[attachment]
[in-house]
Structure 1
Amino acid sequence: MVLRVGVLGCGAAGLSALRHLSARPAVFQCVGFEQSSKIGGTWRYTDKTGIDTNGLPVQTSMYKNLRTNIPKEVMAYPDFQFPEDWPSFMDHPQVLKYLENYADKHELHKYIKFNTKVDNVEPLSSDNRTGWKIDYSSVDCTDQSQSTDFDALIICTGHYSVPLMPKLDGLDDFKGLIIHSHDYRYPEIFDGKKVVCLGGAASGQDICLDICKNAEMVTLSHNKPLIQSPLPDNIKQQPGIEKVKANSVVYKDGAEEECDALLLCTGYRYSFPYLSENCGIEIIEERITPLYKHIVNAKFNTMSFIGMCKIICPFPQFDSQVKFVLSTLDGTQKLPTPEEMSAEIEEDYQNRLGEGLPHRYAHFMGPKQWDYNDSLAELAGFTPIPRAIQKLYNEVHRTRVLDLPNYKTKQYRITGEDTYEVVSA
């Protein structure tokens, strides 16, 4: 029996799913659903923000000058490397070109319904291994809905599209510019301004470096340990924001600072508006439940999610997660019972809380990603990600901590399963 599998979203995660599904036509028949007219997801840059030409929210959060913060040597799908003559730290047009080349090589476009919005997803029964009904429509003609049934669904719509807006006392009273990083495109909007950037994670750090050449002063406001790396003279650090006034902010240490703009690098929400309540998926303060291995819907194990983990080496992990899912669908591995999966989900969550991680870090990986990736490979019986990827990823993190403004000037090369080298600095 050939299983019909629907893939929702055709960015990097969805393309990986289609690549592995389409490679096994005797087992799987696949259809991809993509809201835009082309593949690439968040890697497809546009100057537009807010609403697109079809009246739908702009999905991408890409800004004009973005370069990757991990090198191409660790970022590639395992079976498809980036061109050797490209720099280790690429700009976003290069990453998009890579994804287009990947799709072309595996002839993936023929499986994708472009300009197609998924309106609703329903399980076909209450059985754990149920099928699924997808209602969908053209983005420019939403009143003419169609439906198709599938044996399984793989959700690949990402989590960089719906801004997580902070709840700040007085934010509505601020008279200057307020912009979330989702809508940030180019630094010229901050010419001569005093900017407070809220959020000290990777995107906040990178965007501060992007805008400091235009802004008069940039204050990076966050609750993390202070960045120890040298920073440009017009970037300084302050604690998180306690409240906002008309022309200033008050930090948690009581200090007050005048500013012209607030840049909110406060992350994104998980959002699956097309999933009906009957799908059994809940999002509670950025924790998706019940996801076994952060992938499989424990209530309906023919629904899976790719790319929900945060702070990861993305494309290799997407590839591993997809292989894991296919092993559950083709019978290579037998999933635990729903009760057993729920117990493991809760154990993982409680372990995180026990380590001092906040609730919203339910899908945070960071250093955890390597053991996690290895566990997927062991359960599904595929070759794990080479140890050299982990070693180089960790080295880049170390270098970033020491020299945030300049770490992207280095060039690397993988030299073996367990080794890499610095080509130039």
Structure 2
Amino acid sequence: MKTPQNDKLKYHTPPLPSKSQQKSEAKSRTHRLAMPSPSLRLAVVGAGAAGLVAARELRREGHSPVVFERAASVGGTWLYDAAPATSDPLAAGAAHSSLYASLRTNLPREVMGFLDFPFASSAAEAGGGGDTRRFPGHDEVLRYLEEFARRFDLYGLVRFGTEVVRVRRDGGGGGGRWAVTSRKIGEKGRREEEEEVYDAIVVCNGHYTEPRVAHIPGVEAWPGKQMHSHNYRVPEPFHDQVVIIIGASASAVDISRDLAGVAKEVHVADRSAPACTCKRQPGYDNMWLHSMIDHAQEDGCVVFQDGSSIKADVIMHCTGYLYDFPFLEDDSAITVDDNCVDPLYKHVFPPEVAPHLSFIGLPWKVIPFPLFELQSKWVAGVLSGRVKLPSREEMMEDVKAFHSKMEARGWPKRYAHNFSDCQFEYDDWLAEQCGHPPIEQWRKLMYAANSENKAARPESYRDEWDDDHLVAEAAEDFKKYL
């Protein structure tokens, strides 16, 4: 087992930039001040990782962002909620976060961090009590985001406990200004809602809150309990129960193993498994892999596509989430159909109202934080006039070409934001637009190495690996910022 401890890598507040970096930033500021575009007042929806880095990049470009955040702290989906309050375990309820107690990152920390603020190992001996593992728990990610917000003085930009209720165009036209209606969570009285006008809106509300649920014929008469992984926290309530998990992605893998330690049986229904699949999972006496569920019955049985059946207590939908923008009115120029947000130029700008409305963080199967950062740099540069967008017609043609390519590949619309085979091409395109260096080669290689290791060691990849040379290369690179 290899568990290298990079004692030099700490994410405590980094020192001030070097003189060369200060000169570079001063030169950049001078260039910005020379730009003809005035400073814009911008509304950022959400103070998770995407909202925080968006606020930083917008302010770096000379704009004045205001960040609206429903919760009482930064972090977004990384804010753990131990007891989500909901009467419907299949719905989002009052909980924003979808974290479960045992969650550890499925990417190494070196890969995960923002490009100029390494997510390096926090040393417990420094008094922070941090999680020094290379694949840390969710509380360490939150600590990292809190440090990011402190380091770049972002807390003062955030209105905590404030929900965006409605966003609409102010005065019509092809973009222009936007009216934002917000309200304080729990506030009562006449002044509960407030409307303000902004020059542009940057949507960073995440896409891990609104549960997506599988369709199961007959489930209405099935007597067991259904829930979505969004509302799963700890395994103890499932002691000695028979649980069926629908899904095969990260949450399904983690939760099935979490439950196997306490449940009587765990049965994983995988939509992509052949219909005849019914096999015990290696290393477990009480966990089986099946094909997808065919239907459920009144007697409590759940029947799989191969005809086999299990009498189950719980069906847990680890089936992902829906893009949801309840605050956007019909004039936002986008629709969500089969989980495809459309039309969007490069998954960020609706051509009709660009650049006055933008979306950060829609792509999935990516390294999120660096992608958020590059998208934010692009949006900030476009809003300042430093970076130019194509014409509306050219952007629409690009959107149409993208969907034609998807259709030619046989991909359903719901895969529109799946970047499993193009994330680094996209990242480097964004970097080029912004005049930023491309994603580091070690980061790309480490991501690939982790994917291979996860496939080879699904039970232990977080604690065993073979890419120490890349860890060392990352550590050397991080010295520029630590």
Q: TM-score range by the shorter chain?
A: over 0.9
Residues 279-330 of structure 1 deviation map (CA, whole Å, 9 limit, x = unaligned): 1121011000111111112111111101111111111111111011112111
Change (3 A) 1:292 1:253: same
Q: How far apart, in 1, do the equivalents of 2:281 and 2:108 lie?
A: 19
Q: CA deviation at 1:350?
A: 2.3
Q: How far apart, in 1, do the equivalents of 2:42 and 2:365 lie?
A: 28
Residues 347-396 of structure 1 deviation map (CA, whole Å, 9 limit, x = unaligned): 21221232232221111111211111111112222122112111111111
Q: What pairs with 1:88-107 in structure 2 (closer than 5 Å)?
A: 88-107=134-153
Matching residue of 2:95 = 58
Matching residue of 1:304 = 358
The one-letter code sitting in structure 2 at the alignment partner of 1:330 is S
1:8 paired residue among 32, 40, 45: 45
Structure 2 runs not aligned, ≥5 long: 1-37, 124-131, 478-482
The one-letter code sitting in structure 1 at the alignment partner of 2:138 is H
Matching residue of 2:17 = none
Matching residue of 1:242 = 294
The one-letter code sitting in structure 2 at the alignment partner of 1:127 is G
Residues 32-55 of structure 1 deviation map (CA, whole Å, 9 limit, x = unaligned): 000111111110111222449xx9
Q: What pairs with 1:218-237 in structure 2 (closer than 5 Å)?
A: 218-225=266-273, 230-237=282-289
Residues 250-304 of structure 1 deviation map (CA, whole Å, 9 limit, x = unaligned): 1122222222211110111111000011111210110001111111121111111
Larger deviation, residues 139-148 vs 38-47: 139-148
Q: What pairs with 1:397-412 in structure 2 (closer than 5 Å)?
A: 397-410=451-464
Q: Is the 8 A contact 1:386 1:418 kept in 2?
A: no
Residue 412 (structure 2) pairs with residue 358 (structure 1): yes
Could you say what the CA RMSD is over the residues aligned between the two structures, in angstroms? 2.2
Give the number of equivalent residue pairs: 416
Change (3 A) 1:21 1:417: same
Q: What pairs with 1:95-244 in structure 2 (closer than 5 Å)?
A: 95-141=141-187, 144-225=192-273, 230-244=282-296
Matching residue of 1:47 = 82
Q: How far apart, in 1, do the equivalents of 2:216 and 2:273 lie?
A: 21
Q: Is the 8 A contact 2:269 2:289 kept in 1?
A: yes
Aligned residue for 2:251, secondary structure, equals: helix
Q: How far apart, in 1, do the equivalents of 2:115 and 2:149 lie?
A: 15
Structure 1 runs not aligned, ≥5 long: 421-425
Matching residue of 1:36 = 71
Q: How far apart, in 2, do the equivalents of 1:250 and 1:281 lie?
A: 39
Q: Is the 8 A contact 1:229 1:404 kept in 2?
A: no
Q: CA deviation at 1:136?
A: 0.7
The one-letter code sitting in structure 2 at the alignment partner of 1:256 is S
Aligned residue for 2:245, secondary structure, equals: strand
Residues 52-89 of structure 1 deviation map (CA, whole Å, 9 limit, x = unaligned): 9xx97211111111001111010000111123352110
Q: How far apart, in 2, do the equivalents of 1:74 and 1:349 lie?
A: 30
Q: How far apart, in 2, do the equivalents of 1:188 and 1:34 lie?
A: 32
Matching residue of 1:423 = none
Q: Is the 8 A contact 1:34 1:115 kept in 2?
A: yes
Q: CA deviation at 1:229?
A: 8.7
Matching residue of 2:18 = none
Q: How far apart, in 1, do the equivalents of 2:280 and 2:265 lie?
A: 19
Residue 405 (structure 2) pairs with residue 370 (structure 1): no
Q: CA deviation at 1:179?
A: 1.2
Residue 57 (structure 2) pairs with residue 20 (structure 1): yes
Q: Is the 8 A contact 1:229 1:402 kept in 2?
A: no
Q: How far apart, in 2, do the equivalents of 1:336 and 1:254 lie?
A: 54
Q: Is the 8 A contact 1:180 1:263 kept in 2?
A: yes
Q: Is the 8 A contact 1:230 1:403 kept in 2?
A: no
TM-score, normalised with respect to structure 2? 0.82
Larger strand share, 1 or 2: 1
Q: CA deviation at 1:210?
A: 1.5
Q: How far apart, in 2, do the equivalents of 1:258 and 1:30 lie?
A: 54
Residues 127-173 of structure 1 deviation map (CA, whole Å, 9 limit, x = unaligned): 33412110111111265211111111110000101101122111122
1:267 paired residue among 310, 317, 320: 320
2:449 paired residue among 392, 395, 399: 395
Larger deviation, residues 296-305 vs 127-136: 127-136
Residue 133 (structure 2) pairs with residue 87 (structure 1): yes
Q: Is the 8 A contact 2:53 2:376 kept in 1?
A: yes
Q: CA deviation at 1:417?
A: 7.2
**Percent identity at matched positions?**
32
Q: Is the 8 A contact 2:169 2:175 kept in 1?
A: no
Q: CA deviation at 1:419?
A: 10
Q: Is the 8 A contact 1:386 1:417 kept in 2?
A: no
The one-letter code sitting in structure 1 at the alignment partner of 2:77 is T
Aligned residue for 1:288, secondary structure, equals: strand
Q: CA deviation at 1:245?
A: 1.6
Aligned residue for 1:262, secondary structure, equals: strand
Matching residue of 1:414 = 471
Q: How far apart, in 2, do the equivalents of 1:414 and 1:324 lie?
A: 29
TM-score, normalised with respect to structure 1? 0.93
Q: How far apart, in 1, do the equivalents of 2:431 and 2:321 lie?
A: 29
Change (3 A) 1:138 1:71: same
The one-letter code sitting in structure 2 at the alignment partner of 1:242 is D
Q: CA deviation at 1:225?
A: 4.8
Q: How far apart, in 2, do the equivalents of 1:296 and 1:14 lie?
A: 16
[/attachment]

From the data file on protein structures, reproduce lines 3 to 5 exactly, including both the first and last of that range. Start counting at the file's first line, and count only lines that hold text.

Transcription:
Amino acid sequence: MVLRVGVLGCGAAGLSALRHLSARPAVFQCVGFEQSSKIGGTWRYTDKTGIDTNGLPVQTSMYKNLRTNIPKEVMAYPDFQFPEDWPSFMDHPQVLKYLENYADKHELHKYIKFNTKVDNVEPLSSDNRTGWKIDYSSVDCTDQSQSTDFDALIICTGHYSVPLMPKLDGLDDFKGLIIHSHDYRYPEIFDGKKVVCLGGAASGQDICLDICKNAEMVTLSHNKPLIQSPLPDNIKQQPGIEKVKANSVVYKDGAEEECDALLLCTGYRYSFPYLSENCGIEIIEERITPLYKHIVNAKFNTMSFIGMCKIICPFPQFDSQVKFVLSTLDGTQKLPTPEEMSAEIEEDYQNRLGEGLPHRYAHFMGPKQWDYNDSLAELAGFTPIPRAIQKLYNEVHRTRVLDLPNYKTKQYRITGEDTYEVVSA
């Protein structure tokens, strides 16, 4: 029996799913659903923000000058490397070109319904291994809905599209510019301004470096340990924001600072508006439940999610997660019972809380990603990600901590399963 599998979203995660599904036509028949007219997801840059030409929210959060913060040597799908003559730290047009080349090589476009919005997803029964009904429509003609049934669904719509807006006392009273990083495109909007950037994670750090050449002063406001790396003279650090006034902010240490703009690098929400309540998926303060291995819907194990983990080496992990899912669908591995999966989900969550991680870090990986990736490979019986990827990823993190403004000037090369080298600095 050939299983019909629907893939929702055709960015990097969805393309990986289609690549592995389409490679096994005797087992799987696949259809991809993509809201835009082309593949690439968040890697497809546009100057537009807010609403697109079809009246739908702009999905991408890409800004004009973005370069990757991990090198191409660790970022590639395992079976498809980036061109050797490209720099280790690429700009976003290069990453998009890579994804287009990947799709072309595996002839993936023929499986994708472009300009197609998924309106609703329903399980076909209450059985754990149920099928699924997808209602969908053209983005420019939403009143003419169609439906198709599938044996399984793989959700690949990402989590960089719906801004997580902070709840700040007085934010509505601020008279200057307020912009979330989702809508940030180019630094010229901050010419001569005093900017407070809220959020000290990777995107906040990178965007501060992007805008400091235009802004008069940039204050990076966050609750993390202070960045120890040298920073440009017009970037300084302050604690998180306690409240906002008309022309200033008050930090948690009581200090007050005048500013012209607030840049909110406060992350994104998980959002699956097309999933009906009957799908059994809940999002509670950025924790998706019940996801076994952060992938499989424990209530309906023919629904899976790719790319929900945060702070990861993305494309290799997407590839591993997809292989894991296919092993559950083709019978290579037998999933635990729903009760057993729920117990493991809760154990993982409680372990995180026990380590001092906040609730919203339910899908945070960071250093955890390597053991996690290895566990997927062991359960599904595929070759794990080479140890050299982990070693180089960790080295880049170390270098970033020491020299945030300049770490992207280095060039690397993988030299073996367990080794890499610095080509130039």
Structure 2